I go to Case Western Reserve University in Cleveland, Ohio where our most prized, novel building is the new North Residential Village complex on the north end of campus. This Hogwarts-esque monstrosity replaced maybe half of the sub-par dormitory units on that side of campus, which houses pretty much everyone but sophomores and Greeks. It also serves a dual purpose as a sports and event facility, surrounding with bleachers on one side a 400m track which encloses an Astro-turf football field. The general effect of the NRV when you see it is, “Wow, that’s a really freaking big building…”
When I first saw the NRV, I thought A) waste of money, B) waste of energy, and C) only here to impress prospective students, I mean, parents with wallets. I was taken aback when I first learned that the NRV was actually designed and built so that it earned LEED silver certification. On closer inspection, you can see the signs in every window bragging about this achievement. You realize the lights tend to shut themselves off and on by a trigger. And, in the case of my one friend’s room, you can feel how sometimes the air conditioning just doesn’t work properly… anymore.
So… what exactly is this LEED certification and why do people invest in it so much? Being in environmental engineering through the Civil department at Case, this topic obviously intrigues me. If you’re interested too, then here’s me breaking it down… and telling you what I really feel about it:
LEED stands for Leadership in Energy and Environmental Design. It is perhaps the most popular of several green building certifications, a standard by which to award projects recognition for their supposed environmental-friendliness. The projects can be new or major renovations to existing buildings. LEED attempts to market sustainable buildings by convincing prospective builders that, although sustainable buildings may seem more expensive to build than the buildings following common code (although they don’t have to be more expensive), the energy efficiency of the building over time with cause the builder to save considerably. In theory, it is a win-win situation: green and profitable.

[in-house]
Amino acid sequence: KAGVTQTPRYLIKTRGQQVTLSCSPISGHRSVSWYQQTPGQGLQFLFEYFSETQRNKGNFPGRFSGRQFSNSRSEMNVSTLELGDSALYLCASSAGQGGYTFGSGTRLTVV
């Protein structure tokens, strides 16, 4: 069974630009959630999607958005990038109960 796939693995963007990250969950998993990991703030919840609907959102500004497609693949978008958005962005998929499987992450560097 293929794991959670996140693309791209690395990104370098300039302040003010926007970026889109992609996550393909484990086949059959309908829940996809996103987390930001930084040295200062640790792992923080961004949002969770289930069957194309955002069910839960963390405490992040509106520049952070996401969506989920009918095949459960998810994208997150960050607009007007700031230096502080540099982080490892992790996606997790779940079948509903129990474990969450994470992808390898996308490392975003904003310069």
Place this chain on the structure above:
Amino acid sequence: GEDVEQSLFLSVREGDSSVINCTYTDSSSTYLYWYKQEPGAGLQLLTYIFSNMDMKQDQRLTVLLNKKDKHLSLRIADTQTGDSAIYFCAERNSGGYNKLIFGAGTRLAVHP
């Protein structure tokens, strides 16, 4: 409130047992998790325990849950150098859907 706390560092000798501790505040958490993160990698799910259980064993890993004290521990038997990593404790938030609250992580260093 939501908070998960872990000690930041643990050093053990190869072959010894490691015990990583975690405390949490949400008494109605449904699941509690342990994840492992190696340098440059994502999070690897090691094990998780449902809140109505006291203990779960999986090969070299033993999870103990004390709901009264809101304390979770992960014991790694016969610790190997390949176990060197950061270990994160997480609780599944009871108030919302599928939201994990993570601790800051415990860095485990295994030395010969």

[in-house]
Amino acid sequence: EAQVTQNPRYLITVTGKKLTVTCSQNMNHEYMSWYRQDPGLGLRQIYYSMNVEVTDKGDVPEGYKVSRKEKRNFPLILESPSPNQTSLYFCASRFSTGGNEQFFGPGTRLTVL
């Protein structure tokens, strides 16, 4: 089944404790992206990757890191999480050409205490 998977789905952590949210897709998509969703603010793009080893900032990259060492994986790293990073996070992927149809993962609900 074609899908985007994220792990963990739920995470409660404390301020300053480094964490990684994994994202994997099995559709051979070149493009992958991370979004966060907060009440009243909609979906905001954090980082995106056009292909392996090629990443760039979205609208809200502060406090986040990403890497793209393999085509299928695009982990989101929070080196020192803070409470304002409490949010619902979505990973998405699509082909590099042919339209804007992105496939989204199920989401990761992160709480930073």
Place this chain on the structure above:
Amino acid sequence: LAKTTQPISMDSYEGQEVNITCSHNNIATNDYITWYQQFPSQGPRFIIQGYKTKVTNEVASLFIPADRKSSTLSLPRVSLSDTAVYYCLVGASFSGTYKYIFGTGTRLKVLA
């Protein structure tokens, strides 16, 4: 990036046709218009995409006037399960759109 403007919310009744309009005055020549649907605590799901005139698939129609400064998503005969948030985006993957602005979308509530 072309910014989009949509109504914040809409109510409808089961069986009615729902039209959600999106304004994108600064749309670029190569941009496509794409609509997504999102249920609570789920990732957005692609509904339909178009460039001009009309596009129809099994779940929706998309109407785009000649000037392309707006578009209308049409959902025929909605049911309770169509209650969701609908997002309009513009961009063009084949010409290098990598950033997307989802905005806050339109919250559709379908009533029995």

How the System Works
LEED awards points through a pre-determined system that can award a project up to 100 points, like an exam at school. You only need 40-49 points to be “certified”, 50-59 to be “silver” (like the NRV), 60-79 is the larger span that awards “gold”, and 80 points and above gets you “platinum”. The five categories for point-awarding include Sustainable Sites (SS), Water Efficiency (WE), Energy and Atmosphere (EA), Materials and Resources (MR), and Indoor Environmental Quality (IEQ). There is also the Innovation in Design (ID) category addressing noteworthy measures not classified by the other groups. There are also “Regional Credits” which are awarded on a region-by-region basis and have to do with awarding green design and construction solutions for a particular site and situation. You get points that are weighted different things depending on their efficiency and emissions considerations. Lighting, aesthetics, all of these things come into play.
First of all, some people reviewing LEED certification question the point weighing in the system. A classic example of this is “The Bike Rack Argument”, as explained by this article: http://www.jetsongreen.com/2008/04/nau-examines-th.html. Basically, installing a bike rack gets you one point in the certification, the same number of points granted to you for installing photovoltaics. Bike racks versus solar panels? Obviously bike racks are cheaper! Why are they the same? You could just install a million bike racks and save up. Except, not really. You have to have a combination of several design aspects and point kinds to get certification. And there are motives behind making these two things the same value. These motives include the incentives they imply, like the availability of bike racks encourages people to park their bikes, which means they take their bikes rather than their car, and that is considered as valuable as using energy that just happens to come from solar power.